Good Jobs for Amateur Sleuths

When I pitched a new cozy series to my agent, I had to make some decisions about my main character’s occupation.

In BANANA BAMBOOZLE and MARSHMALLOW MAYHEM, Cassidy Dunne and Dan Diehl owned a newspaper. (I call these the Dunne Diehl Mysteries and it never fails to make me laugh. I am truly my best audience.)

In my Mystery Writer’s Mysteries, Charlemagne Russo is a mid-list mystery author with all the hilarity and angst that entails. FICTION CAN BE MURDER finds her agent murdered, and in FOUL PLAY ON WORDS Charlee goes to speak at a conference and learns a friend’s daughter is missing.

And in the one I was pitching, I decided that Quinn Carr created crossword puzzles and works in a diner. In PUZZLING INK, one of her customers is found face down in a plate of biscuits and gravy when she’s ready to close up for the night.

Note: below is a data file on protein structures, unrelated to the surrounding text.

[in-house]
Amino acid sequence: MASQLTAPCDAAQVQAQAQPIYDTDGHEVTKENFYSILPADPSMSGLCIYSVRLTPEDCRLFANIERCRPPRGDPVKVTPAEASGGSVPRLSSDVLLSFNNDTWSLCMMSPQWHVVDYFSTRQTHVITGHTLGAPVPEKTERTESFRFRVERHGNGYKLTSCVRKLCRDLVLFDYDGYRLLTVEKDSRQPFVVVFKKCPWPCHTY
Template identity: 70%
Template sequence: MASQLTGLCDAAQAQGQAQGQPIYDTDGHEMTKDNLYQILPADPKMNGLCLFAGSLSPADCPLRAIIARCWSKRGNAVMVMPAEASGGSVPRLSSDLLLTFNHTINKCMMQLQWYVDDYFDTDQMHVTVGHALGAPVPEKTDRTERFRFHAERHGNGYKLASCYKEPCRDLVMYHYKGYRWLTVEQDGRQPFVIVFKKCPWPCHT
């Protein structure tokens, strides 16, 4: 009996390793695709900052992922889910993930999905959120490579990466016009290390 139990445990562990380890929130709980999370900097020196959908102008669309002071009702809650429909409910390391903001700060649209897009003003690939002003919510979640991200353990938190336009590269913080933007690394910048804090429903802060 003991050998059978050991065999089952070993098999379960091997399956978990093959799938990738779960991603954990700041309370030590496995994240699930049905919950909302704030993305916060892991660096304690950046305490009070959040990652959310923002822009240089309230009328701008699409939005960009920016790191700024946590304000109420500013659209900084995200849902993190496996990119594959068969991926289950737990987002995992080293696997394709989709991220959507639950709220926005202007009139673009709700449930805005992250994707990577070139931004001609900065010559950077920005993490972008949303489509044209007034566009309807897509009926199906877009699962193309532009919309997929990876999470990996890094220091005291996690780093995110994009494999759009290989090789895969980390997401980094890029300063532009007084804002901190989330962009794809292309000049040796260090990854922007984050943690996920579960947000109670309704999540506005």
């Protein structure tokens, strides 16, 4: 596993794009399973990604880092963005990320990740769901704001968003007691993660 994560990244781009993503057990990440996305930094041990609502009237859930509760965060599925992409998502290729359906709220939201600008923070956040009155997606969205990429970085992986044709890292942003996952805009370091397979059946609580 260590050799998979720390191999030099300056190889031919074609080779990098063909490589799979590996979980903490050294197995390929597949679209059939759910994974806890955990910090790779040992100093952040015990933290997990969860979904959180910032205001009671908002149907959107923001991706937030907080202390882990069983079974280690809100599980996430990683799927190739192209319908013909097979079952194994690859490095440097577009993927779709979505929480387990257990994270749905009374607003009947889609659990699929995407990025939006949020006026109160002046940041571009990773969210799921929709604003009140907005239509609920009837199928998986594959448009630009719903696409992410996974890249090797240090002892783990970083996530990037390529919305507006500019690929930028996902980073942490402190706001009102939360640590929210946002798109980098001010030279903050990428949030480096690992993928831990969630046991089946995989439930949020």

I thought you might be interested in some of my discarded ideas for my character’s job.

  • Air conditioner repair — people would be so agonizingly hot and uncomfortable they’d confess to anything
  • Flooring installer — they’ve always got those kneepads handy for searching for clues in awkward places
  • Acupuncturist — needles, so many terrifying needles
  • Parking lot attendant — plenty of time for cogitation and analysis
  • CEO of a Fortune 500 company — interns could do all the investigative work, freeing up the sleuth for several romantic subplots
  • Cartographer — ability to locate anything in the world
  • Reality TV camera operator — apparently, at some point they become invisible and people really let their hair (and guard) down
  • Gastroenterologist — who better to determine if someone is full of crap?
  • Hydrologist — could probably always get out of hot water
  • Make-up artist — an expert in all things made up
  • Radiologist — could see right through people

Feel free to use any—or all—of them in your next book. You’re welcome!

Any other good jobs for amateur sleuths?

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